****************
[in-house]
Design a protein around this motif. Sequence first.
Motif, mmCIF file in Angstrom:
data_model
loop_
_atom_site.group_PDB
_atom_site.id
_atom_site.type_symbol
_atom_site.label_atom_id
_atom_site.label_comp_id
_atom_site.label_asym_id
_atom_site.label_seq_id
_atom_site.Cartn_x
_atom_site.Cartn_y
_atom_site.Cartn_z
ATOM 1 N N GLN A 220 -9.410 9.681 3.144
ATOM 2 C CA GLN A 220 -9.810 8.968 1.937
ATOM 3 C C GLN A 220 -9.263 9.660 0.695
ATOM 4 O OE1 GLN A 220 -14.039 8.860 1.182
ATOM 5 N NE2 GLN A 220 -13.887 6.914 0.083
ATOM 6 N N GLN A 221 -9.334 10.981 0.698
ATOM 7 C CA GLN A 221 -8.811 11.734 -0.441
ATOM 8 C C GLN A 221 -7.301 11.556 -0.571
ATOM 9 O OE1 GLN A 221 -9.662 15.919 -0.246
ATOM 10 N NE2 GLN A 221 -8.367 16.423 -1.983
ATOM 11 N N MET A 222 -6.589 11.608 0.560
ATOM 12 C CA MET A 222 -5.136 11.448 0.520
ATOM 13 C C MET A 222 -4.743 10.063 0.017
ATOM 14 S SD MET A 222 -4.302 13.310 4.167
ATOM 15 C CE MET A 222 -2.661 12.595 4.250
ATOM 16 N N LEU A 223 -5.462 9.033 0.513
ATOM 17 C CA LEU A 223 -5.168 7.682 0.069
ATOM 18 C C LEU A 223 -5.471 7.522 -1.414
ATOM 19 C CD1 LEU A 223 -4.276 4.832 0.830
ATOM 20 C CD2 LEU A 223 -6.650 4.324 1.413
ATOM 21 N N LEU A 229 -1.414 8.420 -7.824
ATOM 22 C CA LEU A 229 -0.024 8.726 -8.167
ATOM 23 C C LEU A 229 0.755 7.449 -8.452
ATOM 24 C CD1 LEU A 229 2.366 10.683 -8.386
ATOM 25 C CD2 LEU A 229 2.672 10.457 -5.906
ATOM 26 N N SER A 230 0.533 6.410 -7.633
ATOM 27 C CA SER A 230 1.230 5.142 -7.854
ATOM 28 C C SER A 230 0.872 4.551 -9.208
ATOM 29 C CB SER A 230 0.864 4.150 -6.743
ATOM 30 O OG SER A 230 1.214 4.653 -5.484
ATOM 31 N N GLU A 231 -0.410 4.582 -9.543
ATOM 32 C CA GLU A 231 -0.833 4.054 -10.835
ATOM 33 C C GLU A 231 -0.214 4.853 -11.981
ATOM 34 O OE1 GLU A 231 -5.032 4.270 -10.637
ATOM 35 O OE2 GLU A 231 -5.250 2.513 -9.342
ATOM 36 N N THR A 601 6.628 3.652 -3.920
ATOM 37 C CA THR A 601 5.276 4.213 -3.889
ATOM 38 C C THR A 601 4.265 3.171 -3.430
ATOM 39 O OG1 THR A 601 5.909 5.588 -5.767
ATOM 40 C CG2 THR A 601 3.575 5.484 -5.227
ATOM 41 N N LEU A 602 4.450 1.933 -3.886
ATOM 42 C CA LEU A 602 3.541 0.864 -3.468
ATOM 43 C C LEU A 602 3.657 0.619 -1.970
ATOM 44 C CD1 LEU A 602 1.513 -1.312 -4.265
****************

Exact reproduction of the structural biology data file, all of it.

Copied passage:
[in-house]
Design a protein around this motif. Sequence first.
Motif, mmCIF file in Angstrom:
data_model
loop_
_atom_site.group_PDB
_atom_site.id
_atom_site.type_symbol
_atom_site.label_atom_id
_atom_site.label_comp_id
_atom_site.label_asym_id
_atom_site.label_seq_id
_atom_site.Cartn_x
_atom_site.Cartn_y
_atom_site.Cartn_z
ATOM 1 N N GLN A 220 -9.410 9.681 3.144
ATOM 2 C CA GLN A 220 -9.810 8.968 1.937
ATOM 3 C C GLN A 220 -9.263 9.660 0.695
ATOM 4 O OE1 GLN A 220 -14.039 8.860 1.182
ATOM 5 N NE2 GLN A 220 -13.887 6.914 0.083
ATOM 6 N N GLN A 221 -9.334 10.981 0.698
ATOM 7 C CA GLN A 221 -8.811 11.734 -0.441
ATOM 8 C C GLN A 221 -7.301 11.556 -0.571
ATOM 9 O OE1 GLN A 221 -9.662 15.919 -0.246
ATOM 10 N NE2 GLN A 221 -8.367 16.423 -1.983
ATOM 11 N N MET A 222 -6.589 11.608 0.560
ATOM 12 C CA MET A 222 -5.136 11.448 0.520
ATOM 13 C C MET A 222 -4.743 10.063 0.017
ATOM 14 S SD MET A 222 -4.302 13.310 4.167
ATOM 15 C CE MET A 222 -2.661 12.595 4.250
ATOM 16 N N LEU A 223 -5.462 9.033 0.513
ATOM 17 C CA LEU A 223 -5.168 7.682 0.069
ATOM 18 C C LEU A 223 -5.471 7.522 -1.414
ATOM 19 C CD1 LEU A 223 -4.276 4.832 0.830
ATOM 20 C CD2 LEU A 223 -6.650 4.324 1.413
ATOM 21 N N LEU A 229 -1.414 8.420 -7.824
ATOM 22 C CA LEU A 229 -0.024 8.726 -8.167
ATOM 23 C C LEU A 229 0.755 7.449 -8.452
ATOM 24 C CD1 LEU A 229 2.366 10.683 -8.386
ATOM 25 C CD2 LEU A 229 2.672 10.457 -5.906
ATOM 26 N N SER A 230 0.533 6.410 -7.633
ATOM 27 C CA SER A 230 1.230 5.142 -7.854
ATOM 28 C C SER A 230 0.872 4.551 -9.208
ATOM 29 C CB SER A 230 0.864 4.150 -6.743
ATOM 30 O OG SER A 230 1.214 4.653 -5.484
ATOM 31 N N GLU A 231 -0.410 4.582 -9.543
ATOM 32 C CA GLU A 231 -0.833 4.054 -10.835
ATOM 33 C C GLU A 231 -0.214 4.853 -11.981
ATOM 34 O OE1 GLU A 231 -5.032 4.270 -10.637
ATOM 35 O OE2 GLU A 231 -5.250 2.513 -9.342
ATOM 36 N N THR A 601 6.628 3.652 -3.920
ATOM 37 C CA THR A 601 5.276 4.213 -3.889
ATOM 38 C C THR A 601 4.265 3.171 -3.430
ATOM 39 O OG1 THR A 601 5.909 5.588 -5.767
ATOM 40 C CG2 THR A 601 3.575 5.484 -5.227
ATOM 41 N N LEU A 602 4.450 1.933 -3.886
ATOM 42 C CA LEU A 602 3.541 0.864 -3.468
ATOM 43 C C LEU A 602 3.657 0.619 -1.970
ATOM 44 C CD1 LEU A 602 1.513 -1.312 -4.265